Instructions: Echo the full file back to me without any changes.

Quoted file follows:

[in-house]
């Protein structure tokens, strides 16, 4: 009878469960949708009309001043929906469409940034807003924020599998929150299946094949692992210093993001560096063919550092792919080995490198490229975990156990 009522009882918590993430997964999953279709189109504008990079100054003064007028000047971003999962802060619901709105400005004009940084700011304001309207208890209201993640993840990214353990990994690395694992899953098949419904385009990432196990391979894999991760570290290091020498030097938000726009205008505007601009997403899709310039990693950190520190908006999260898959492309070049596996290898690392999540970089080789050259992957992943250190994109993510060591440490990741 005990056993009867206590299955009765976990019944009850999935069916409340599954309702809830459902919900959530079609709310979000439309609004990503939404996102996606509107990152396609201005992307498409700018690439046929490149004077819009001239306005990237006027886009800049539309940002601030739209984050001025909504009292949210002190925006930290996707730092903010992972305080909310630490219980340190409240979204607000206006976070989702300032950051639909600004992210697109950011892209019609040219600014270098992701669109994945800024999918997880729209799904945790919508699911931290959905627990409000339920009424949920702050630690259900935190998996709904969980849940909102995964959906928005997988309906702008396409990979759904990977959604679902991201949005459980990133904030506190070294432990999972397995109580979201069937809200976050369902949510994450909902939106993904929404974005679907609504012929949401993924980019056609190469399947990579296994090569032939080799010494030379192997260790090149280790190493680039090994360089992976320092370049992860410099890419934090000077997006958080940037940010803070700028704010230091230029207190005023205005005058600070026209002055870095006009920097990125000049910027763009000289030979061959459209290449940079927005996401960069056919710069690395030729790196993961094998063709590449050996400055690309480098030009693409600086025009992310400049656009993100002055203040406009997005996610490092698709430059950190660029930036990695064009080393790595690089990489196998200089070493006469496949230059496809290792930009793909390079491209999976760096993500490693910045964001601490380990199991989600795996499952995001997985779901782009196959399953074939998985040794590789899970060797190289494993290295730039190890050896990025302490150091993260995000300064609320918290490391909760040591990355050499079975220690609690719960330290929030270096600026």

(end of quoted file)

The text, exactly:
[in-house]
């Protein structure tokens, strides 16, 4: 009878469960949708009309001043929906469409940034807003924020599998929150299946094949692992210093993001560096063919550092792919080995490198490229975990156990 009522009882918590993430997964999953279709189109504008990079100054003064007028000047971003999962802060619901709105400005004009940084700011304001309207208890209201993640993840990214353990990994690395694992899953098949419904385009990432196990391979894999991760570290290091020498030097938000726009205008505007601009997403899709310039990693950190520190908006999260898959492309070049596996290898690392999540970089080789050259992957992943250190994109993510060591440490990741 005990056993009867206590299955009765976990019944009850999935069916409340599954309702809830459902919900959530079609709310979000439309609004990503939404996102996606509107990152396609201005992307498409700018690439046929490149004077819009001239306005990237006027886009800049539309940002601030739209984050001025909504009292949210002190925006930290996707730092903010992972305080909310630490219980340190409240979204607000206006976070989702300032950051639909600004992210697109950011892209019609040219600014270098992701669109994945800024999918997880729209799904945790919508699911931290959905627990409000339920009424949920702050630690259900935190998996709904969980849940909102995964959906928005997988309906702008396409990979759904990977959604679902991201949005459980990133904030506190070294432990999972397995109580979201069937809200976050369902949510994450909902939106993904929404974005679907609504012929949401993924980019056609190469399947990579296994090569032939080799010494030379192997260790090149280790190493680039090994360089992976320092370049992860410099890419934090000077997006958080940037940010803070700028704010230091230029207190005023205005005058600070026209002055870095006009920097990125000049910027763009000289030979061959459209290449940079927005996401960069056919710069690395030729790196993961094998063709590449050996400055690309480098030009693409600086025009992310400049656009993100002055203040406009997005996610490092698709430059950190660029930036990695064009080393790595690089990489196998200089070493006469496949230059496809290792930009793909390079491209999976760096993500490693910045964001601490380990199991989600795996499952995001997985779901782009196959399953074939998985040794590789899970060797190289494993290295730039190890050896990025302490150091993260995000300064609320918290490391909760040591990355050499079975220690609690719960330290929030270096600026």